I really have a lot to talk about with Madou Monogatari besides its backstory though. Let's start with the big gameplay switch it undertook on its journey from the Game Gear to the Mega Drive: in the original version, whenever you randomly encountered an enemy while exploring the magical tower (I should mention here that Arle's climbing this thing as an exam to graduate from Magical Kindergarten; I think all I had to do to graduate kindergarten was identify which shape was a circle without crapping myself) you entered a turn-based fight where you flung spells back and forth. Arle does have a physical attack of sorts - she whacks foes with one of those harisen paper fans - but as a witch her magic is far more potent: most battles involve using basic attack spells that don't cost mana, like her fireball and ice storm (important to know which element your foe is weakest against), while saving her reserve of mana for useful utility spells like healing or buffs. In the Mega Drive version, rather than a turn-based structure the player and their opponent fight in real-time: spells must be cast by holding the A-button to enter the spell-casting mode and while in there quickly tapping out the D-pad combination that corresponds to the spell you want. Here, the basic fireball is a full radial starting with up and going counter-clockwise, while ice storm is the same but starting down and going clockwise. Healing is a simple down, down, up, up combination and other spells are either more or less complicated based on their strength and purpose. Spells are cast as quickly as you can cast them; this is where being good at Street Fighter really comes in useful, beyond I guess making millions at Evo. To ensure you don't have to memorize entire movelists like you're planning to show off fatalities at the local laundrette's Mortal Kombat cabinet, this input system has been relatively simplified: there's only a handful of spells that you'll learn at infrequent intervals and you'll be relying on the two basic offense spells for combat for most of the game. Notably, on the utility spell side, there's a Warp spell that teleports you to the same square on the map just one floor above; there's multiple instances where you'll be able to enter an otherwise inaccessible room this way, and more where determining where to cast it is absolutely necessary to make progress.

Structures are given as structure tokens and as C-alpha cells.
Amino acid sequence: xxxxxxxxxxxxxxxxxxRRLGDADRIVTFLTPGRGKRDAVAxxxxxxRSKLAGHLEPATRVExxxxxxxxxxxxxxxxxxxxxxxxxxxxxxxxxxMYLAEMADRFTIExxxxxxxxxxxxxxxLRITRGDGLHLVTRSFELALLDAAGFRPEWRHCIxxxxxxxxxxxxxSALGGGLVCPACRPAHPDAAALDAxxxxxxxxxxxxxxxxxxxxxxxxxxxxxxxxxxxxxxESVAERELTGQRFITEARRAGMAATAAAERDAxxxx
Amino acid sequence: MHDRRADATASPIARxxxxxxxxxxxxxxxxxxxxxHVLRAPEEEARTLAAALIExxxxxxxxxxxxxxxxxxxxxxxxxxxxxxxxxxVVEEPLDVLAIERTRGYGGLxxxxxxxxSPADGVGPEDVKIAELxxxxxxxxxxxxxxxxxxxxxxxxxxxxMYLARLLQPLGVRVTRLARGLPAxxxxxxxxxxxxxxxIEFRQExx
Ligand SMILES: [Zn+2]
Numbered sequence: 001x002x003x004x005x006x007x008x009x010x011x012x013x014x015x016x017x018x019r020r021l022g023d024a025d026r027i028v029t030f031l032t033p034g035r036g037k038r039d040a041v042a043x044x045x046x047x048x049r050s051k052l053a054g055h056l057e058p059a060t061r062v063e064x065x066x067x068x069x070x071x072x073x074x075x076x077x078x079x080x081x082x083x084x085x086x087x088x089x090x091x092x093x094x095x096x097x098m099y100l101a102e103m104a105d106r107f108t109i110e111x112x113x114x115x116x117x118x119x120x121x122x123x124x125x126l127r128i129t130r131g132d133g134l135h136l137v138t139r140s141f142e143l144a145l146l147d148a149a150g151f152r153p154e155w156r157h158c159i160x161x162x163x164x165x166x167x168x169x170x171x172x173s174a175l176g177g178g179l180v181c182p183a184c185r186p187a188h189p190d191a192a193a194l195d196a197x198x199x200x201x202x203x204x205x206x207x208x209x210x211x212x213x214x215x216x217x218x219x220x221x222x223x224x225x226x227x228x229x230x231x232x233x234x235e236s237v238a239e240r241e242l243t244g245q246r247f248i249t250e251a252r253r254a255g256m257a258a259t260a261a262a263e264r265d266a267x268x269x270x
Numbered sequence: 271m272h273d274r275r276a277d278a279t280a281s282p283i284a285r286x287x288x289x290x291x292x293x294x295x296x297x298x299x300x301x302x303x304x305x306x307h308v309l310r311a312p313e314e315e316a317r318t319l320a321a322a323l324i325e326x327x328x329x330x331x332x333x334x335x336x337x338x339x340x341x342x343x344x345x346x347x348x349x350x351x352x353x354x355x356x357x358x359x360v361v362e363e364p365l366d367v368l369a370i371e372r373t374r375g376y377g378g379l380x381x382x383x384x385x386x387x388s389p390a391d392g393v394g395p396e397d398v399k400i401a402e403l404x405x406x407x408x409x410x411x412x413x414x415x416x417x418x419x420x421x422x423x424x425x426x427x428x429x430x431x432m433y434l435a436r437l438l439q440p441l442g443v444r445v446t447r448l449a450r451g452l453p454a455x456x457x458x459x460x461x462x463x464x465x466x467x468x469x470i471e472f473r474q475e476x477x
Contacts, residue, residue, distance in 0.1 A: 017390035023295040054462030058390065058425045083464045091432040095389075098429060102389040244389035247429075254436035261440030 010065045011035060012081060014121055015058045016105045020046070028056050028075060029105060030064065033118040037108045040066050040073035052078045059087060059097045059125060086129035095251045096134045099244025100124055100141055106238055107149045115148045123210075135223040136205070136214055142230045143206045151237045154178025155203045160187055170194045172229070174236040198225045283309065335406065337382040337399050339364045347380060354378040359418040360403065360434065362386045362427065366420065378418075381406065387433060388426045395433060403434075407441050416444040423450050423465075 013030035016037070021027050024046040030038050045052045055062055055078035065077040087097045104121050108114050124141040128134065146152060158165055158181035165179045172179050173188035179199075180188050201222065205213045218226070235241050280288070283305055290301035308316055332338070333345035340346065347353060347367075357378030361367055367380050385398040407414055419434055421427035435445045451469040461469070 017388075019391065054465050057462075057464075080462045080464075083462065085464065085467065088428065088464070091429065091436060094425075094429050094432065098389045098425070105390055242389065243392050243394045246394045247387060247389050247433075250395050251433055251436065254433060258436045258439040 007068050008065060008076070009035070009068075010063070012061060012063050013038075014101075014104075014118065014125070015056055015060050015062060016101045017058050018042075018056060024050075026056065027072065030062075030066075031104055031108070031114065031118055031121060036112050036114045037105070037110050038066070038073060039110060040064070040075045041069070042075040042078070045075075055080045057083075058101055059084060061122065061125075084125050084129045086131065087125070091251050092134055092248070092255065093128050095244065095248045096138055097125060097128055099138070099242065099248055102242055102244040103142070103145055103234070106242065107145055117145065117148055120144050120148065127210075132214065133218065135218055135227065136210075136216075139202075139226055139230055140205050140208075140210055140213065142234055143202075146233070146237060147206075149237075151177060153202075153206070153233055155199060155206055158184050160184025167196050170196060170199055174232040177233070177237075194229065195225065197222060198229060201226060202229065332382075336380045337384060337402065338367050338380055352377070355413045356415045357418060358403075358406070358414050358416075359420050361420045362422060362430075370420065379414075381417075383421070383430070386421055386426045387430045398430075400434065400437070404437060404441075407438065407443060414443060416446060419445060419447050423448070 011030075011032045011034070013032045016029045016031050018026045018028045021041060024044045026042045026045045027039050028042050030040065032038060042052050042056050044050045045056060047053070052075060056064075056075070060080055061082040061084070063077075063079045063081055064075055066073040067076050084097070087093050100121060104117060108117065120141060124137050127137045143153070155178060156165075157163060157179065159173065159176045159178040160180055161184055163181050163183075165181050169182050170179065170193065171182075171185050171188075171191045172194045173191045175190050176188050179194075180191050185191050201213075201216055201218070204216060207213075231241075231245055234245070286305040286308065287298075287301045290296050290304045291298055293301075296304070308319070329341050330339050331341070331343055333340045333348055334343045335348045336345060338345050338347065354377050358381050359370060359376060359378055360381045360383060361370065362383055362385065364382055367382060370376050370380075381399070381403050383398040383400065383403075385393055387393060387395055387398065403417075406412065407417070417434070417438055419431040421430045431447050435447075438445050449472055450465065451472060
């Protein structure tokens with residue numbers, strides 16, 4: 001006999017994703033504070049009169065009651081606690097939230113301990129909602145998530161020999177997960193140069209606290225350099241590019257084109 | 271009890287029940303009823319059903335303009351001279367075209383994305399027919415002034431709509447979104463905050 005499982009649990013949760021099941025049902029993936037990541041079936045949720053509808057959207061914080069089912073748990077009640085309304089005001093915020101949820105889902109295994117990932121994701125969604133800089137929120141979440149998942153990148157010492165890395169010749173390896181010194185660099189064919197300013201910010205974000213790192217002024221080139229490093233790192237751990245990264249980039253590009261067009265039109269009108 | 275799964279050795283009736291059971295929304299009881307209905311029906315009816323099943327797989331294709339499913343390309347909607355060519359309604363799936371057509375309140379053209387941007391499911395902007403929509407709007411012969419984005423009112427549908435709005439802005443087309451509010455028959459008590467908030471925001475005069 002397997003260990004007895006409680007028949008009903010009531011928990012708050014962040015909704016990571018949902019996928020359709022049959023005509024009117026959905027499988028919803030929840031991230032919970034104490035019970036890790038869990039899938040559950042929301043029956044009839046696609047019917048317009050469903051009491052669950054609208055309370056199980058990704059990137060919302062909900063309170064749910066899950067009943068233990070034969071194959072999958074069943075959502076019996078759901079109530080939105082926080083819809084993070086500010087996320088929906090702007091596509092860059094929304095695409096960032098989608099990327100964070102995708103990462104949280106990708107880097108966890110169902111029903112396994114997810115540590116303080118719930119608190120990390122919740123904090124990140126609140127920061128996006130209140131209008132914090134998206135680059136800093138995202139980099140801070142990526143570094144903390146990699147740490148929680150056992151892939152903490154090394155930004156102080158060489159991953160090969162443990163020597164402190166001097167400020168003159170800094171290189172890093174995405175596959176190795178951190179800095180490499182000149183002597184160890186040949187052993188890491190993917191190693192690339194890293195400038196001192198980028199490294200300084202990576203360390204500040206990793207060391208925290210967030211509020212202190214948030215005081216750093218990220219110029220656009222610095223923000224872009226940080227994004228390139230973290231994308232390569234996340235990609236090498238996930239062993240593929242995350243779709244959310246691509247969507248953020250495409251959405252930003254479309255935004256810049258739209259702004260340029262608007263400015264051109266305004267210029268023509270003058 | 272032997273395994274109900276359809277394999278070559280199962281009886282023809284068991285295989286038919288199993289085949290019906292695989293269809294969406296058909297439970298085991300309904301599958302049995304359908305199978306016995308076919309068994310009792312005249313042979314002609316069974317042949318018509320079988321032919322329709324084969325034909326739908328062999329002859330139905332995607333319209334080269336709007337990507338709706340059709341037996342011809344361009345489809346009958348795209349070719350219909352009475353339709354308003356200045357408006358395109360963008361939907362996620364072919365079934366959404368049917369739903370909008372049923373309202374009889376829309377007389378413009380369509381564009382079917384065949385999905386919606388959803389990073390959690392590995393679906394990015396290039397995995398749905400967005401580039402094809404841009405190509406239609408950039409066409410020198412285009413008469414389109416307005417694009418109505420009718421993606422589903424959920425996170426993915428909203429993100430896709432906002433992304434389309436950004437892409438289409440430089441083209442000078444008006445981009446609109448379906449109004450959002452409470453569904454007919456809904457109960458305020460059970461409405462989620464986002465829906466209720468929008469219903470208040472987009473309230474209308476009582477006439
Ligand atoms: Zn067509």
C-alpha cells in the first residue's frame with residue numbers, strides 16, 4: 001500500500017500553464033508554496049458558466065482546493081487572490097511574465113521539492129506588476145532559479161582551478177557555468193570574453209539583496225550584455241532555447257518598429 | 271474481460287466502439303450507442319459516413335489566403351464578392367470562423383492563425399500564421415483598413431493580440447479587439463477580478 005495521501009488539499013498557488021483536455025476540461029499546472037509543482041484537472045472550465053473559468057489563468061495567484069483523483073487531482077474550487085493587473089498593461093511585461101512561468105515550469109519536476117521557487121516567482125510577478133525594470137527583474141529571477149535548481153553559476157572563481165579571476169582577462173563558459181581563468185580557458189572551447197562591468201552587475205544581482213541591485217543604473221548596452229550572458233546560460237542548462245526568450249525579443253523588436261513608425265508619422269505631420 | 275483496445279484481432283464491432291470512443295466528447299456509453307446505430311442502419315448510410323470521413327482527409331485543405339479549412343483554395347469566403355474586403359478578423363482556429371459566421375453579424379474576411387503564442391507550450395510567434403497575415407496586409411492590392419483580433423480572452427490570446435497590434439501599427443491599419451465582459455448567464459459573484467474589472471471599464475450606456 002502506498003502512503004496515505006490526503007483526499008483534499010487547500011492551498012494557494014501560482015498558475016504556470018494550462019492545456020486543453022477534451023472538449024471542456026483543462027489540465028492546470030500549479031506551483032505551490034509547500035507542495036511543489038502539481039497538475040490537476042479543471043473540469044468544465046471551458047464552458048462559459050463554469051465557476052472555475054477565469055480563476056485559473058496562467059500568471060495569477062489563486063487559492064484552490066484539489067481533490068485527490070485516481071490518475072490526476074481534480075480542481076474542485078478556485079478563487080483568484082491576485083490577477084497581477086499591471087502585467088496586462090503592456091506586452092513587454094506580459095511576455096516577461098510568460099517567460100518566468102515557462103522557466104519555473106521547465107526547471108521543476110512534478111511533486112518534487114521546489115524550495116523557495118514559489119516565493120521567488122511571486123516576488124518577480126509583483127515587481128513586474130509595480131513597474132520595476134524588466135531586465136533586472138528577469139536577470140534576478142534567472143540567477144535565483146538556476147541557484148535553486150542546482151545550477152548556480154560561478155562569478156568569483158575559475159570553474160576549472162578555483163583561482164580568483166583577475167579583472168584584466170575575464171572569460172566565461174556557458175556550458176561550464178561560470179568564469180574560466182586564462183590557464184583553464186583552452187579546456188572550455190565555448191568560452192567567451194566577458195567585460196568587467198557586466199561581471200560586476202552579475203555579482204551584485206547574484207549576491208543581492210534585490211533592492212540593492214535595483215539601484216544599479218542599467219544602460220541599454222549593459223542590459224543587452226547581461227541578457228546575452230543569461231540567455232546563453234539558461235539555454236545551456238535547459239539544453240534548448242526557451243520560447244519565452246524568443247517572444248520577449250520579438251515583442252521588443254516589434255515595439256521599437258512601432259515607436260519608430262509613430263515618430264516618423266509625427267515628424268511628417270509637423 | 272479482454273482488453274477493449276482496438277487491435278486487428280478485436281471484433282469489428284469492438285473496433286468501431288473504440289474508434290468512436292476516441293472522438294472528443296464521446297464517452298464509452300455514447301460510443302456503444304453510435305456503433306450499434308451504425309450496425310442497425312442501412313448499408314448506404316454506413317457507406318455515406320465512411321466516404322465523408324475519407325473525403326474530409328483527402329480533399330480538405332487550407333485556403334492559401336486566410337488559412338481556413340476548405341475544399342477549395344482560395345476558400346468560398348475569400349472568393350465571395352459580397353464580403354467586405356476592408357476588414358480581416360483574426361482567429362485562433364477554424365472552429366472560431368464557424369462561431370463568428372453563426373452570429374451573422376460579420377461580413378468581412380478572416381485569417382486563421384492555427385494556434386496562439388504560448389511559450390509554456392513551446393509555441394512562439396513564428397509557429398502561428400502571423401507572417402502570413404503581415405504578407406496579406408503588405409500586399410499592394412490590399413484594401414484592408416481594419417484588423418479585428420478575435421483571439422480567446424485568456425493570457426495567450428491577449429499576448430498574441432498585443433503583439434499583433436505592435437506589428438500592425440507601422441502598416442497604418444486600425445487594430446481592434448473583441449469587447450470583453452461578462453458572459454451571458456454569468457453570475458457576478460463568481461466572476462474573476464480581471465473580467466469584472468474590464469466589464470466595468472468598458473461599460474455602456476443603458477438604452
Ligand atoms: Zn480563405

The Warp spell is just one drop in the ocean with regards to how imaginatively and circuitously structured the game's central dungeon can be, though. While it doesn't have the full array of weird traps and obstacles a typical Dungeon Master-derived game might - there's no weighing down pressure pads or anything too technical like that - it does have its share of intriguing environmental riddles to solve. A room where you slide about without stopping until you hit a wall presents something of an impassable dead end, at least until you find a portable wall with which to create your own stopping points. There's two pairs of floors that are linked with multiple ladders, as you go up and down many times in order to fully explore both. A floor filled with mirrors where there's certain panes that can be broken to make new passages once you figure out the trick to identifying them. There's even a subterranean area of the dungeon which I almost missed entirely: you need to follow the right breadcrumb of clues to figure out a way down there.